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Scientists are calling for a public debate into nanotechnology to dispel fears about the new science and prevent it being labelled as "another GM".

Scientists are calling for a public debate into nanotechnology to dispel fears about the new science and prevent it being labelled as "another GM".

The Royal Society says today in a report that nanotechnology - which uses molecule-sized parts as small as a billionth of a metre to do otherwise impossible tasks - could bring a huge economic boost to Britain.

Existing uses include sunscreens, tumour treatments, beauty products and stain-proof trousers. But the report warns that over-zealous legislation could put Britain at a disadvantage in the field. "The people who have been putting it together have taken a very wide spectrum of views," said one person who had seen the report.

In the past fortnight, Prince Charles has expressed concerns about the science. Writing in The Independent on Sunday, he said: "There will have to be significantly greater social awareness, humility and openness on the part of the proponents of emerging nanotechno- logies than we have seen with other so-called 'technological advances' of recent years."

British scientists said yesterday that the risks were intangible, and likely to be limited. "It's like fire," said Ottilia Saxl,of the Institute of Nanotechnology in London, "we know how useful it is in the house, but we are careful not to set the house alight."

Scientists fearthe debate will degenerate into entrenched positions like those taken over genetically-modified (GM) food and crops, where proponents of the technology were distrusted, leading to its eventual failure.

Tony Ryan, ICI professor of physical chemistry at the University of Sheffield, who is trying to build nano-scale systems, said: "I'm an unadulterated fan of GM, and we badly mismanaged that by trying to pontificate to people. The big problem is for us to communicate."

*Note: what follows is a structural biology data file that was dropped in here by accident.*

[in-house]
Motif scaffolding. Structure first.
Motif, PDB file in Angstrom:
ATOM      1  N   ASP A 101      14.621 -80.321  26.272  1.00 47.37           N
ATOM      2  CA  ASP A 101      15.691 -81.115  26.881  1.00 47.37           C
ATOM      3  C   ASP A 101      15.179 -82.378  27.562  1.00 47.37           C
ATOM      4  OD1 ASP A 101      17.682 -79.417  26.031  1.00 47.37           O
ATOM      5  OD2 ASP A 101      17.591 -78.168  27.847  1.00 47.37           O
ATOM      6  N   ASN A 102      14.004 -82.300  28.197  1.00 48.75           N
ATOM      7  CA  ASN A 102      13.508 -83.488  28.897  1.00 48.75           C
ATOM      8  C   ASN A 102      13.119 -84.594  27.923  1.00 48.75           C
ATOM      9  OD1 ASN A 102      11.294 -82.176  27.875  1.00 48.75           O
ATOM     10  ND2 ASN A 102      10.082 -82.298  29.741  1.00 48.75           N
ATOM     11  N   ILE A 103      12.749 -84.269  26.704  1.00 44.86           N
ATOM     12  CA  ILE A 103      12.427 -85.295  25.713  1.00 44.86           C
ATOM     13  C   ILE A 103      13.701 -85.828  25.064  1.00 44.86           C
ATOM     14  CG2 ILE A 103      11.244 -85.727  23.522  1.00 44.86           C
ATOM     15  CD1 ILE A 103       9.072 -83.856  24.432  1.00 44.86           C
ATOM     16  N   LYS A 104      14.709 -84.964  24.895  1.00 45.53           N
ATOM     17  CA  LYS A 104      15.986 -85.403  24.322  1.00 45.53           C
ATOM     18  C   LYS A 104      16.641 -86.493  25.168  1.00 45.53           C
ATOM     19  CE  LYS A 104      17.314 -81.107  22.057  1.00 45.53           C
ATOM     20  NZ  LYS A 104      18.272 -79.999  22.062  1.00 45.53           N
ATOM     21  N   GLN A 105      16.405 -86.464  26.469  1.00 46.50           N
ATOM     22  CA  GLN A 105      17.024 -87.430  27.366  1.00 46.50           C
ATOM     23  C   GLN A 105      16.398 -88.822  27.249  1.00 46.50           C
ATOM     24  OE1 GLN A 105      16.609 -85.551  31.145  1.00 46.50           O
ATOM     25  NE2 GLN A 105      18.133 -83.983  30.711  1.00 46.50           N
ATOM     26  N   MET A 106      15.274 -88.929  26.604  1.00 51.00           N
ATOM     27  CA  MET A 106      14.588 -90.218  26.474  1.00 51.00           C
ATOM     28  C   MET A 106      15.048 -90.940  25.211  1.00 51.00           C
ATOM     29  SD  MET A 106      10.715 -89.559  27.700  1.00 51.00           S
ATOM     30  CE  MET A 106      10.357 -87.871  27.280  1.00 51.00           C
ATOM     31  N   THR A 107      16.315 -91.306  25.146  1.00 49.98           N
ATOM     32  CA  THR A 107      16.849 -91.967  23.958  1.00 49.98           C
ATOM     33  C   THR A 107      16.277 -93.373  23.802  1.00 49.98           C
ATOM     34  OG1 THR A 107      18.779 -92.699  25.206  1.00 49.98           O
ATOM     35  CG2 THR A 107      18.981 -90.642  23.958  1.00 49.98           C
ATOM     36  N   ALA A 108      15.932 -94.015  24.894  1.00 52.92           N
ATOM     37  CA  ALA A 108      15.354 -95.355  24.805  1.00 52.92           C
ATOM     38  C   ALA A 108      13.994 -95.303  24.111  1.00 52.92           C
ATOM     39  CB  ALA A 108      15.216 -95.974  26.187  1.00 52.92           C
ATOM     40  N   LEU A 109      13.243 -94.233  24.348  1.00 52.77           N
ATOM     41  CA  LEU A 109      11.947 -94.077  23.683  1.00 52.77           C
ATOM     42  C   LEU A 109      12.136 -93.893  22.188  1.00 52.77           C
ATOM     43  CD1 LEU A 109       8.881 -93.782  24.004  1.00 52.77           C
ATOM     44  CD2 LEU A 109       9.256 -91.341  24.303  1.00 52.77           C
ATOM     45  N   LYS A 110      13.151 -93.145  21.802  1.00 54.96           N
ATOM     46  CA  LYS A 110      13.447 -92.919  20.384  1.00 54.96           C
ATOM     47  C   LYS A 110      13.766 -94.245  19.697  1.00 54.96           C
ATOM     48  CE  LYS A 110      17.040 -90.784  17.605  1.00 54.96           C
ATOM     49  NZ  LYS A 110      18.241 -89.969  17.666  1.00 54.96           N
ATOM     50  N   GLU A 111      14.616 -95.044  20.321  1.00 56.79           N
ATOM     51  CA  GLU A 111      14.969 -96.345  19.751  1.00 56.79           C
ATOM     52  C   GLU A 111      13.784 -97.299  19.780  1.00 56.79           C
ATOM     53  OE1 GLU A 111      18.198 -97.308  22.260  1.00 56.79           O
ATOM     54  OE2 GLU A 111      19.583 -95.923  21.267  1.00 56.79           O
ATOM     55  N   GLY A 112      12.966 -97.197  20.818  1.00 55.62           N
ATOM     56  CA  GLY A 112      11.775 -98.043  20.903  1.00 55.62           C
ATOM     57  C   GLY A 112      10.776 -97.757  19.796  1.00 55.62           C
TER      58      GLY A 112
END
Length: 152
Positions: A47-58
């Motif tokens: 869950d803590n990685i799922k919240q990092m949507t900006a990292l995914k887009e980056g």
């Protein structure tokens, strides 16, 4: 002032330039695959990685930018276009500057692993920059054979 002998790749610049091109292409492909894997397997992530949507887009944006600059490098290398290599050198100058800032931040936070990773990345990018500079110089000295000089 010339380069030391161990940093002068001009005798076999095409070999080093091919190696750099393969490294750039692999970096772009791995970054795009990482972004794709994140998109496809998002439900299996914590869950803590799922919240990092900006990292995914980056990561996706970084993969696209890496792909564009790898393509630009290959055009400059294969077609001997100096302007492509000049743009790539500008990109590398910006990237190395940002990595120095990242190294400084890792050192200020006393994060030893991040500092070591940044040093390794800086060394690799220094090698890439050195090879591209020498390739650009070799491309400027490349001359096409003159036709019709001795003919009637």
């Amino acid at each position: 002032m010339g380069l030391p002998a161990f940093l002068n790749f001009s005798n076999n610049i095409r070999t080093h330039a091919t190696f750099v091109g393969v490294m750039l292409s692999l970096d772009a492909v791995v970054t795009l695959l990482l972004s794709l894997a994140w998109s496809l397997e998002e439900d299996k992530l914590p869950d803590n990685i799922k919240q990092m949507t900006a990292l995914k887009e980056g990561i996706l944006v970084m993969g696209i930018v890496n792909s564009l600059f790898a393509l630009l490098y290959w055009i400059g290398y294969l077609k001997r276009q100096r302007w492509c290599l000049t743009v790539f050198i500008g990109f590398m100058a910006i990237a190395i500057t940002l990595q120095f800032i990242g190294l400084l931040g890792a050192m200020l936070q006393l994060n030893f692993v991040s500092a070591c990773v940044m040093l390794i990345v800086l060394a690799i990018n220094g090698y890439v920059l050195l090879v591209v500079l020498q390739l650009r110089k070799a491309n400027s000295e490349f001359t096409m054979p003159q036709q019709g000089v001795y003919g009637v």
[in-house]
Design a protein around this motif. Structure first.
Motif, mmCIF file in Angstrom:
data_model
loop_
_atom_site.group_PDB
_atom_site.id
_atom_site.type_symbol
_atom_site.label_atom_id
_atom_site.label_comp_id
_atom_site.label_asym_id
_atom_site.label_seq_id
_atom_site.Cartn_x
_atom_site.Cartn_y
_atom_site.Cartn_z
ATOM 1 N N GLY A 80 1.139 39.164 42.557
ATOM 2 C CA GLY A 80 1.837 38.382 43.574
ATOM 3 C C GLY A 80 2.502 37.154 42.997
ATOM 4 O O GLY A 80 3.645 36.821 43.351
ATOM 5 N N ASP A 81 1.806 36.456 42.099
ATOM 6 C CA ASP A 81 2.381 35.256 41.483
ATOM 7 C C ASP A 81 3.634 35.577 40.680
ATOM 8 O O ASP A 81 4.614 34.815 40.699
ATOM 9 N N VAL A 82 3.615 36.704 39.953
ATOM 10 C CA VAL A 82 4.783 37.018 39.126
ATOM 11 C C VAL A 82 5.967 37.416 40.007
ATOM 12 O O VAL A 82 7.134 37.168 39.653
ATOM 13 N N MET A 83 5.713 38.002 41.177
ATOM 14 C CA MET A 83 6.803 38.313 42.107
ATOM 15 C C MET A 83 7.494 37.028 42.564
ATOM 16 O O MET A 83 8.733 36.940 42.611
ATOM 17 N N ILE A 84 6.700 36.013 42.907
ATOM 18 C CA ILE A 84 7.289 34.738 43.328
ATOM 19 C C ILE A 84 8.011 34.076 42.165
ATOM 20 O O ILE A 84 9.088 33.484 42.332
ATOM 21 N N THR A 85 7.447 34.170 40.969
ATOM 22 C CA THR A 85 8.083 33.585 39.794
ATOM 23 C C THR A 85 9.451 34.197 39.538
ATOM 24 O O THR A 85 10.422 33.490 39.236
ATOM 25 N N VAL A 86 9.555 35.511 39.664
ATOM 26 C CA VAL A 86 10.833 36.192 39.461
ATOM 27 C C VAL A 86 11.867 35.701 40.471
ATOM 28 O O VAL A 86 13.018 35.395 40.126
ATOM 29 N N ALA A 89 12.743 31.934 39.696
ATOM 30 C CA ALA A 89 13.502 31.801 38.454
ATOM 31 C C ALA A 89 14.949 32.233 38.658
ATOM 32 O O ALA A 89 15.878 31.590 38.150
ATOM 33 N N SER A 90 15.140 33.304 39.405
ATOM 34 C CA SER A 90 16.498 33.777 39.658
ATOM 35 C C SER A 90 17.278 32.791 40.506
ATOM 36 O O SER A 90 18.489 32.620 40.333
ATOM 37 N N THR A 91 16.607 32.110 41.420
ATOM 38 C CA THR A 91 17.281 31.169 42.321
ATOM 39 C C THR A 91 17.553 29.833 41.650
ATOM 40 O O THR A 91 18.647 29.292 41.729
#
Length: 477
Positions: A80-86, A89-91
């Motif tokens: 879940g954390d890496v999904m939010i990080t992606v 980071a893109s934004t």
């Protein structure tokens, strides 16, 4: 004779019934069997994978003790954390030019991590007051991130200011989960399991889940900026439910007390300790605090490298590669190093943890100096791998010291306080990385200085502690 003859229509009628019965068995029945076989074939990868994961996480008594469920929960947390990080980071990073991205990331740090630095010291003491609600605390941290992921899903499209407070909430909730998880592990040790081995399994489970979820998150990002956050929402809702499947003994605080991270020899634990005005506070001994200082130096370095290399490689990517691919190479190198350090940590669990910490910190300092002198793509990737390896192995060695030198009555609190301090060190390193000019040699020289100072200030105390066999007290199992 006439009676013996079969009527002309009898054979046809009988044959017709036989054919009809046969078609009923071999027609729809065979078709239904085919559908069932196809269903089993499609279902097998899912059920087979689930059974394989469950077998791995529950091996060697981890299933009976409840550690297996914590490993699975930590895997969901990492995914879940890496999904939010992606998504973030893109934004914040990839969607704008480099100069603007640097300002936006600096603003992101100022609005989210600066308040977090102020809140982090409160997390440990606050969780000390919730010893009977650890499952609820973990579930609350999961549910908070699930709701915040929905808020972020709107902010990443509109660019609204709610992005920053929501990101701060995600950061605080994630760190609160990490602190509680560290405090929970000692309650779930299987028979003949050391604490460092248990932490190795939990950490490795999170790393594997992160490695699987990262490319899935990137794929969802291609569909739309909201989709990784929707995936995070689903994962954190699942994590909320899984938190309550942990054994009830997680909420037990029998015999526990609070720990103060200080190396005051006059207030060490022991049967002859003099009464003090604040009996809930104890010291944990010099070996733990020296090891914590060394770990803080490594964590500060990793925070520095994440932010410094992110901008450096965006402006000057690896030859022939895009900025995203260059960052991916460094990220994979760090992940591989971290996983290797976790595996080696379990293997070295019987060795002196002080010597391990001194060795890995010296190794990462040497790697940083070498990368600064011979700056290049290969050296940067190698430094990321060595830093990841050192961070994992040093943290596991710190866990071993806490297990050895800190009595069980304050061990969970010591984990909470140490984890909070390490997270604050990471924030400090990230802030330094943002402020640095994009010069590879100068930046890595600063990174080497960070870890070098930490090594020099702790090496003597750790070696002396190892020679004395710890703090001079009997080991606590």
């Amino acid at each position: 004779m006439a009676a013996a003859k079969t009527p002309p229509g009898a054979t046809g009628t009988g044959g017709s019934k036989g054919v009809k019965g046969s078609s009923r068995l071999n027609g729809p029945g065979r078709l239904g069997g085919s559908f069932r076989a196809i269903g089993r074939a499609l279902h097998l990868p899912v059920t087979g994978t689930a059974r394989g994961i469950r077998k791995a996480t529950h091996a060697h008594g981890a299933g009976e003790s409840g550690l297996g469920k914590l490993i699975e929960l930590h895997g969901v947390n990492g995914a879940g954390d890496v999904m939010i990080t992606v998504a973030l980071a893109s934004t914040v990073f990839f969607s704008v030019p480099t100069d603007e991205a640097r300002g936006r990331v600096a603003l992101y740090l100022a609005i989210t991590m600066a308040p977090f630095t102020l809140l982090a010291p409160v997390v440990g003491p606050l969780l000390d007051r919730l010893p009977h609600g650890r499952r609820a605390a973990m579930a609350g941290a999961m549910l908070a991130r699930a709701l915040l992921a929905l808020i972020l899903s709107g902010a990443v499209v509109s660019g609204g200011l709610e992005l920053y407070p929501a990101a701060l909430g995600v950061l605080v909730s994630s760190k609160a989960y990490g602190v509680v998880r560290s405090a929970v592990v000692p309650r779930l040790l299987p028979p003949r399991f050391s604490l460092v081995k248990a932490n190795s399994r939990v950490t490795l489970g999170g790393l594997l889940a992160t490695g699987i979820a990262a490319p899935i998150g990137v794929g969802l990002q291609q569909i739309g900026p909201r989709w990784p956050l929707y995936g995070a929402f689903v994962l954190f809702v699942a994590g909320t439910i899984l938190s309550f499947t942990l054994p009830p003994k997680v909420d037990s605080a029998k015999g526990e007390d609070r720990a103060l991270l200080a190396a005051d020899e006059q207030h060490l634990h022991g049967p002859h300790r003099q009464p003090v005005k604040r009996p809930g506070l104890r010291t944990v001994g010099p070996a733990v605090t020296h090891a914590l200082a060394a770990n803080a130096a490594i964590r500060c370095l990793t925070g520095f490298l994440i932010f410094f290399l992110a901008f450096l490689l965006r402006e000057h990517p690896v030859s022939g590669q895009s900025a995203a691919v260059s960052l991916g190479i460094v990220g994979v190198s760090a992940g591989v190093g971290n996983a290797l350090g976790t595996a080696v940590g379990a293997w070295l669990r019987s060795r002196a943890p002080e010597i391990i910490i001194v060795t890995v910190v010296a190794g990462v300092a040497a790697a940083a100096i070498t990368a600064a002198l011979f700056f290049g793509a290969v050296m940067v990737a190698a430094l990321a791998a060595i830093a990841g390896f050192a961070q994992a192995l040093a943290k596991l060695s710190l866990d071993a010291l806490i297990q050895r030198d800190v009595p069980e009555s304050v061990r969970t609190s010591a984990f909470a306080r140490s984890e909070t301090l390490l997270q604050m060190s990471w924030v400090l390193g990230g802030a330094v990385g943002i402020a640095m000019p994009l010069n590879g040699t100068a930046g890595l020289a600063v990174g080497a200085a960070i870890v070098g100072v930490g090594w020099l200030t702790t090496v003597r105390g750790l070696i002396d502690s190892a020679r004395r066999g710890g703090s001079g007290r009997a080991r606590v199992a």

He said the biggest fears - of "grey goo", in which self-reproducing nano-scale robots destroy living things - were unfounded. "Nobody has managed to make a chemical reaction that can reproduce itself, much less a robot," he said.

He said that nano-scale applications have to deal with different problems - and potential - from everyday life. "Everyone seems to be obsessed with [the film] Fantastic Voyage [in which people are shrunk and injected into a human body]. But the reality is that you can't, for example, make an internal combustion engine smaller than a third of a millimetre, because of heat dissipation problems. At the nano scale, surface tension is far more important than at our size. People need to understand that sort of difference."

Ms Saxl said nanotechnology was fast becoming a frontline area for commercial applications: the Nanotechnology Institute now includes 180 small UK companies, and the scheme is due to expand into Europe.

"A big difference between this and, say, the dot-com boom is that all computers use the same sort of technology. But with this, there's real intellectual property being created."

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